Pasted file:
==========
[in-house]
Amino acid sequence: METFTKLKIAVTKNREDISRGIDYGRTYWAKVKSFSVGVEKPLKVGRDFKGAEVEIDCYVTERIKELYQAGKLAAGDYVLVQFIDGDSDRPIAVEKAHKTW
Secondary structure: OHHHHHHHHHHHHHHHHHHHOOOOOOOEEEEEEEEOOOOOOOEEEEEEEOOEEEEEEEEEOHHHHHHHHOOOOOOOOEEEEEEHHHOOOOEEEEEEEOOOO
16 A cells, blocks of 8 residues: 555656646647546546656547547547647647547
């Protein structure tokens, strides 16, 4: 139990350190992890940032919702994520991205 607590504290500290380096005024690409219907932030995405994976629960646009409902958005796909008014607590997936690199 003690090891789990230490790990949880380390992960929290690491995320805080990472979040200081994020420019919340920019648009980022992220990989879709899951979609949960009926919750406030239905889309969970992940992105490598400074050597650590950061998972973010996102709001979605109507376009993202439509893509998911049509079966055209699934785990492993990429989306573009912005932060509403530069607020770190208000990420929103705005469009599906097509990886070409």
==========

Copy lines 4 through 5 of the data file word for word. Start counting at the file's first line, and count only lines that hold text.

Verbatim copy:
16 A cells, blocks of 8 residues: 555656646647546546656547547547647647547
């Protein structure tokens, strides 16, 4: 139990350190992890940032919702994520991205 607590504290500290380096005024690409219907932030995405994976629960646009409902958005796909008014607590997936690199 003690090891789990230490790990949880380390992960929290690491995320805080990472979040200081994020420019919340920019648009980022992220990989879709899951979609949960009926919750406030239905889309969970992940992105490598400074050597650590950061998972973010996102709001979605109507376009993202439509893509998911049509079966055209699934785990492993990429989306573009912005932060509403530069607020770190208000990420929103705005469009599906097509990886070409």